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Int J Cancer. 2019 May 15;144(10):2596-2604. doi: 10.1002/ijc.31956. Epub 2018 Dec 8.

Cost-effectiveness of breast cancer screening programme for women in rural China.

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Department of Health Services Research and Policy, London School of Hygiene and Tropical Medicine, London, UK.
School of Public Health, Peking University, Beijing, China.
Department of Non-communicable Disease Epidemiology, London School of Hygiene and Tropical Medicine, London, UK.


In low and middle-income countries mammographic breast cancer screening is prohibitively expensive and a cheaper alternative option is to use ultrasound as the primary screening test. In 2009, China launched a breast cancer screening programme for rural women aged 35-64 years with clinical breast examination coupled with ultrasound as the primary tool. Our study aimed to analyse the cost-effectiveness of breast screening compared to no screening among Chinese rural women. We developed a Markov model to estimate the lifetime costs and effects for rural women aged 35 years from a societal perspective. Asymptomatic women in the intervention arm were screened every 3 years before age 64 years. Breast cancer in the non-screening arm can only be diagnosed on presentation of symptoms. Parameter uncertainty was explored using one-way and probabilistic sensitivity analyses. Compared to no screening, breast cancer screening cost $186.7 more and led to a loss of 0.20 quality-adjusted life years (QALYs). Breast screening was more expensive and did harm to health among rural women with an incremental cost-effectiveness ratio (ICER) of $-916/QALY. The sensitivity analysis identified utility loss from false positives as the factor that most influenced the results, but this did not affect the conclusions. In a rural setting with such low breast cancer incidence, screening for asymptomatic disease is not cost-effective with current screening tools. Priority should be given to ensure that symptomatic women have proper access to diagnosis and treatment at an early stage as this will lead to mortality reductions without the usual screening harms.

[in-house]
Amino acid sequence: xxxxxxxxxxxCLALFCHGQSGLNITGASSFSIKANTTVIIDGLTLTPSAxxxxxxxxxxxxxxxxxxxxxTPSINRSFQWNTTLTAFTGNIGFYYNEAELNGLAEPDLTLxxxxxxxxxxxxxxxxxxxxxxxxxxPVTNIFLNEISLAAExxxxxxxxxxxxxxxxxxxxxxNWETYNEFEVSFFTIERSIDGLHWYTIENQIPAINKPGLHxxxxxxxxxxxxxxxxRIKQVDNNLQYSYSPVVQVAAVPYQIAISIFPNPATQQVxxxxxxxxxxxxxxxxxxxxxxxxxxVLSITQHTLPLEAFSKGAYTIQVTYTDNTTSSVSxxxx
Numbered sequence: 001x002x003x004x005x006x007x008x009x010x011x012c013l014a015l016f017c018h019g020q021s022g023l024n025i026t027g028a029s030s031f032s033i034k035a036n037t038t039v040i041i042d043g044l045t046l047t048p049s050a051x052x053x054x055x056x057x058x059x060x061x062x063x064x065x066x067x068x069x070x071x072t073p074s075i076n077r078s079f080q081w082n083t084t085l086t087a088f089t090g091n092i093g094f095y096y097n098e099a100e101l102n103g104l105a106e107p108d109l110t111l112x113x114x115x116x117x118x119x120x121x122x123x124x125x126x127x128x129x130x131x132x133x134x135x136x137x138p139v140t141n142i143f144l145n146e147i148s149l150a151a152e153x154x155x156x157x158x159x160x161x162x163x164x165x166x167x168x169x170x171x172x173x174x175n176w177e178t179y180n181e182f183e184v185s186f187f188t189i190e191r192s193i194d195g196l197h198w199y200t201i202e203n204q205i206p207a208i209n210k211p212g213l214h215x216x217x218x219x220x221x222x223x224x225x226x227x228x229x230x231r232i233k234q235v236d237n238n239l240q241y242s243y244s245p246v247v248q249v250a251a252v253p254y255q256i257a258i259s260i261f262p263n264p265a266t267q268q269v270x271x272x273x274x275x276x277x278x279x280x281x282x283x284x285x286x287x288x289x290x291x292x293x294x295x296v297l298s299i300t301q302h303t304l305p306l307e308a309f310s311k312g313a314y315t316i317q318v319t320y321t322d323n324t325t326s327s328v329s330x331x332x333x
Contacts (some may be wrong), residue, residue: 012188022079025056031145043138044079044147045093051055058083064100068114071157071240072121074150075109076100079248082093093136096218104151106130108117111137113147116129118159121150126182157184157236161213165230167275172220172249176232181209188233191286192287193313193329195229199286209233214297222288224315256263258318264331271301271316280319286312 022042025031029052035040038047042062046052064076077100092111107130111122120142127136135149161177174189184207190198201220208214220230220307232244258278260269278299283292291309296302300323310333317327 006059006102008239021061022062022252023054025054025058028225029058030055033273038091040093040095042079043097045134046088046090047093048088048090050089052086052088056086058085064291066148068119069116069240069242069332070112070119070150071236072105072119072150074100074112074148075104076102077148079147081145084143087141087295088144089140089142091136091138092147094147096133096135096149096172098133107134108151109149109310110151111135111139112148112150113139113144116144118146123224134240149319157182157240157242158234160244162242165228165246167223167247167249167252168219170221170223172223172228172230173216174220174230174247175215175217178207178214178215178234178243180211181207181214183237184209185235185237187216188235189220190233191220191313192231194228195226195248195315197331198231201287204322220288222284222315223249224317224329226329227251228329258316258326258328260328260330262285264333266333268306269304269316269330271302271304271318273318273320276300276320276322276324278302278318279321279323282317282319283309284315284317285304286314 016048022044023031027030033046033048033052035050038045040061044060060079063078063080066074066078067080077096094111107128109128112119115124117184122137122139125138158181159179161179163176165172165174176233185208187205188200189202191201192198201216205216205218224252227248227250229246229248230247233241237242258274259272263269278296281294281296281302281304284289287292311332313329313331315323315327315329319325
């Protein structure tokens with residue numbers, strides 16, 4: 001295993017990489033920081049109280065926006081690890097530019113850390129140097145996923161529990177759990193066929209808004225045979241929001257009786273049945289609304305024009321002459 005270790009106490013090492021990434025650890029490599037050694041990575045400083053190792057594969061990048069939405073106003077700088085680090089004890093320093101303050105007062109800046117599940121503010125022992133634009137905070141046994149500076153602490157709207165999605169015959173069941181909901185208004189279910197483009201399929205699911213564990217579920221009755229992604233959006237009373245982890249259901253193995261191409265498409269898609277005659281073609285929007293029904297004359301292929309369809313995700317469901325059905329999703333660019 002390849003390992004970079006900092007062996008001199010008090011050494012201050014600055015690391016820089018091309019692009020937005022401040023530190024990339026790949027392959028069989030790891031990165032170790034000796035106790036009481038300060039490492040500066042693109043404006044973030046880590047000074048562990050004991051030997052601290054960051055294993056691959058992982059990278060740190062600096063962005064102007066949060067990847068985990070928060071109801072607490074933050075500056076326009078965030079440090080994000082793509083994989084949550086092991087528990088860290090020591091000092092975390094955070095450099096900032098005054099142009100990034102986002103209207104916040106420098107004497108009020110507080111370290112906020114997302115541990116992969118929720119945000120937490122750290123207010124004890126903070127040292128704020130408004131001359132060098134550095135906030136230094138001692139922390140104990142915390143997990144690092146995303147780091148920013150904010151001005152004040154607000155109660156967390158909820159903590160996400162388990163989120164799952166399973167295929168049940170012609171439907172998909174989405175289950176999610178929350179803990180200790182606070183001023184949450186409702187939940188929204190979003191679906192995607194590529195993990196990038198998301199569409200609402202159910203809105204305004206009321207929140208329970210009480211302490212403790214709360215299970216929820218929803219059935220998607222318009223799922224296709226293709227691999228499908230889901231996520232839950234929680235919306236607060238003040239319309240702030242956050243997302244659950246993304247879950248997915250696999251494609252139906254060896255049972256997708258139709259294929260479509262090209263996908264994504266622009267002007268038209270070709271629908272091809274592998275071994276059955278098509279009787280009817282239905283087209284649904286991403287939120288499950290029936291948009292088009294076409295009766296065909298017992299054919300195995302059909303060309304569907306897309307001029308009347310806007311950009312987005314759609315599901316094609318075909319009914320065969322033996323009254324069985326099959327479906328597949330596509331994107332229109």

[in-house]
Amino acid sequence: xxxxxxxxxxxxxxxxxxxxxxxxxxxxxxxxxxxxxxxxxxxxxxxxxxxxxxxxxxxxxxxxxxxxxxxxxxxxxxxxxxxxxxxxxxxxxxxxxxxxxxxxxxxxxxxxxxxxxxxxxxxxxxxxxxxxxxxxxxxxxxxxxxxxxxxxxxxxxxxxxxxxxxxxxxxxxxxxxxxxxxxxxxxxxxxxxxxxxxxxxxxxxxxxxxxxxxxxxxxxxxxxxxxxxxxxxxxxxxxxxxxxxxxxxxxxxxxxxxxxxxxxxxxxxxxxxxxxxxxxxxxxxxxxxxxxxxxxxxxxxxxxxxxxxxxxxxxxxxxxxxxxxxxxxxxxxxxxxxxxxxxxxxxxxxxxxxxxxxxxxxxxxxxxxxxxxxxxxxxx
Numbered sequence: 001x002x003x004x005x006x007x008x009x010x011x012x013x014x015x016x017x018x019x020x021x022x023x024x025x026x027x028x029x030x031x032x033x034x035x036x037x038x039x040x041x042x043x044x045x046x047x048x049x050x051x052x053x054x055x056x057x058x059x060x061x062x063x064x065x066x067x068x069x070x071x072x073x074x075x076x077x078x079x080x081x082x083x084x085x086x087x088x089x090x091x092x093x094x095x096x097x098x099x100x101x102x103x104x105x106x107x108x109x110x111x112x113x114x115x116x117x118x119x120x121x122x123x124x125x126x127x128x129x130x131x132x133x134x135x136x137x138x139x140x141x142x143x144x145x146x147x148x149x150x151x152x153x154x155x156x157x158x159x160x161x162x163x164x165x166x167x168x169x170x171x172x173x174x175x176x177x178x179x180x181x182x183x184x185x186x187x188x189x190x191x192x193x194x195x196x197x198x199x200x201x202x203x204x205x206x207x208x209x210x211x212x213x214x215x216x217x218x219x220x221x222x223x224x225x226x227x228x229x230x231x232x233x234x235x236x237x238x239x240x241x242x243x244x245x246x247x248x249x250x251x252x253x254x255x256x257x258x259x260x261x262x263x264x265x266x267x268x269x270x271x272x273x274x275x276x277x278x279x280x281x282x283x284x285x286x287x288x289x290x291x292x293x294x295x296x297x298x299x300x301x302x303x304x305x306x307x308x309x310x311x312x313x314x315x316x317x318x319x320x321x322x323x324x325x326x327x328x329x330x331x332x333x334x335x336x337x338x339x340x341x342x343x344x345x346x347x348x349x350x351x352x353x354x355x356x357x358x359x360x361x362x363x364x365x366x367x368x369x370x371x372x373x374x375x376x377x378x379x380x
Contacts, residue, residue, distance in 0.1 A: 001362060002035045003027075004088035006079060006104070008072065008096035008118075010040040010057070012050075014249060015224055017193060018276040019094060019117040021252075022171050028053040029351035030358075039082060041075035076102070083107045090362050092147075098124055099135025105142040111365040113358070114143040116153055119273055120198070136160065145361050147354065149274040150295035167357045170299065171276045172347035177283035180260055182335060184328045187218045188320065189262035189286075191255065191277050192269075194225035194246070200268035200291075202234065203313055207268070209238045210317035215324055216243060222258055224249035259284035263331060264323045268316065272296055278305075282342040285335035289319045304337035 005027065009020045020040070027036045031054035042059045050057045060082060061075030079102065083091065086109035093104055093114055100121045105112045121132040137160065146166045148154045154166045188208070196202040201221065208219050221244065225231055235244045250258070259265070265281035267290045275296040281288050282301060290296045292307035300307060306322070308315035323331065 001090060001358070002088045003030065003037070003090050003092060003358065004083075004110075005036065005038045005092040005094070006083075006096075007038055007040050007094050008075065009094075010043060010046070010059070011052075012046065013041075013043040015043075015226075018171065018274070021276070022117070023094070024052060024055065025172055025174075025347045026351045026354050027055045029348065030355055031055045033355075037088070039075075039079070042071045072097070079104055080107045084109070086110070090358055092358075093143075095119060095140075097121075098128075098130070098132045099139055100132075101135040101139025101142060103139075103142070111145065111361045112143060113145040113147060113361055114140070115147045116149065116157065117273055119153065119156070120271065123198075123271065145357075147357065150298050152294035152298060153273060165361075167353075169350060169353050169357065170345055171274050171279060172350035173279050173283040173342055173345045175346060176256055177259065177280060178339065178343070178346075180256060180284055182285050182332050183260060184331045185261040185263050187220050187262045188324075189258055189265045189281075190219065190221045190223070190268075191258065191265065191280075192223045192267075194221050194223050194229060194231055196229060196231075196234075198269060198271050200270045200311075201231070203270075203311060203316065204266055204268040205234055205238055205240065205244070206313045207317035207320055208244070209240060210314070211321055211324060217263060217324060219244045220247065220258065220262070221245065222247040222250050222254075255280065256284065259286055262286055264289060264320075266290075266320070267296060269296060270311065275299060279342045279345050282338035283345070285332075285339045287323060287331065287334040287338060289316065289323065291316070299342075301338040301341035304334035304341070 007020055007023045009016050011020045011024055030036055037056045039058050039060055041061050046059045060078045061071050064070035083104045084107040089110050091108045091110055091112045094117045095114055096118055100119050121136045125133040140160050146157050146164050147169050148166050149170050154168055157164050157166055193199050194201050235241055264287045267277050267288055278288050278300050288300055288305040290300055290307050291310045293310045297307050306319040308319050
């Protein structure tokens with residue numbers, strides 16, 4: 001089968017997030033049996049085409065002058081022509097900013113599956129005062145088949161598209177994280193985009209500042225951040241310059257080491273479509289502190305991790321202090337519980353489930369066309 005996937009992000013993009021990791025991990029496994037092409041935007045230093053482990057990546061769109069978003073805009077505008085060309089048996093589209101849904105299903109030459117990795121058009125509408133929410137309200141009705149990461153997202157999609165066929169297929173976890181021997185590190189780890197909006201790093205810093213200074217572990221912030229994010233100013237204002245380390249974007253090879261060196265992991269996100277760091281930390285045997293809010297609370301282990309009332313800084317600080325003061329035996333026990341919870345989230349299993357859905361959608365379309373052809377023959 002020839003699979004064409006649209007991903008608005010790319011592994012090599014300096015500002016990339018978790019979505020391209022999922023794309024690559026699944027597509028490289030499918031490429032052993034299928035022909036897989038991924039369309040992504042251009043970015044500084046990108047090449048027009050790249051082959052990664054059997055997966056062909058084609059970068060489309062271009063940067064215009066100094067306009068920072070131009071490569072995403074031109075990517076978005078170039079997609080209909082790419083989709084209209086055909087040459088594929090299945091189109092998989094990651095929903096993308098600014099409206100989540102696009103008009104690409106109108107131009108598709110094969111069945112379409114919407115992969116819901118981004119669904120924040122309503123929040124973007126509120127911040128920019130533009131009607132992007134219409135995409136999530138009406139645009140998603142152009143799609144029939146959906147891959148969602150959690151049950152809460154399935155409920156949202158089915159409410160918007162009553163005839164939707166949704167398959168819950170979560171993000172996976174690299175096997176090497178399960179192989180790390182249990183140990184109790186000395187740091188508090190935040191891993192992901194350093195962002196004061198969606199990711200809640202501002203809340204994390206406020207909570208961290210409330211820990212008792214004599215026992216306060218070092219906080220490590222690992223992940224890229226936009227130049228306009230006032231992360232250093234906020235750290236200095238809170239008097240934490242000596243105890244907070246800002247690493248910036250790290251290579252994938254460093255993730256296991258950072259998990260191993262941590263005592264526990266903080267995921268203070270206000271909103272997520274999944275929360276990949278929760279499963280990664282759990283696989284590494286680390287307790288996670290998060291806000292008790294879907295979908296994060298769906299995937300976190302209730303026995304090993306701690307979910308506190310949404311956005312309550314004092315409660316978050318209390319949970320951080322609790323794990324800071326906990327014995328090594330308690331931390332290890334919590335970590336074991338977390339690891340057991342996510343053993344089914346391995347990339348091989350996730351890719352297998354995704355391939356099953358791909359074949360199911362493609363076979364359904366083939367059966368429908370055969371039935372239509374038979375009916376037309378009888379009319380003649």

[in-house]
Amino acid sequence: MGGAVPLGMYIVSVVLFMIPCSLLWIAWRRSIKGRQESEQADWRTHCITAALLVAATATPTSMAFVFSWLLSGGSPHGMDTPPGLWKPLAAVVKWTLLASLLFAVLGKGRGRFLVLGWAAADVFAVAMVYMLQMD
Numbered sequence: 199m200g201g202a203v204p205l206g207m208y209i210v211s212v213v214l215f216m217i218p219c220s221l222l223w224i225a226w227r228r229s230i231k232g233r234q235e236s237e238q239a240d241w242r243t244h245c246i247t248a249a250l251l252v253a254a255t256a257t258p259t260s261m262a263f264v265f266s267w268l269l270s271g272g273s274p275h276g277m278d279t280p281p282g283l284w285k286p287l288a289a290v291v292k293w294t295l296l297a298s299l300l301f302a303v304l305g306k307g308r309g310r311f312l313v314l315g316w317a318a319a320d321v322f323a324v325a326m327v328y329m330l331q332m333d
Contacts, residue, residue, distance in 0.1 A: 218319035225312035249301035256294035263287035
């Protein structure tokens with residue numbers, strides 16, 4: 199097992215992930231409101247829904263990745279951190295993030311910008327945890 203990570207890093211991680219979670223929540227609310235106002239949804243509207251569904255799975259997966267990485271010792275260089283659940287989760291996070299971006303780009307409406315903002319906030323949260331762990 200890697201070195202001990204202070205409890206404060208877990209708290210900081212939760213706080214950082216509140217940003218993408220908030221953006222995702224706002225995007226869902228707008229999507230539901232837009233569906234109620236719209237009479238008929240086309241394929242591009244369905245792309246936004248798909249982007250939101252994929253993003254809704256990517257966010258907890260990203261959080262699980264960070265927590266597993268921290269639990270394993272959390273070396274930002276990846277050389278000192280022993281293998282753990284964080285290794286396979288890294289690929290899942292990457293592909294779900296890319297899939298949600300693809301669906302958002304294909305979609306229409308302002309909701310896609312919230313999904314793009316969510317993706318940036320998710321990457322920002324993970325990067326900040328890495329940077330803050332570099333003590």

China; breast cancer; cost-effectiveness; rural; screening


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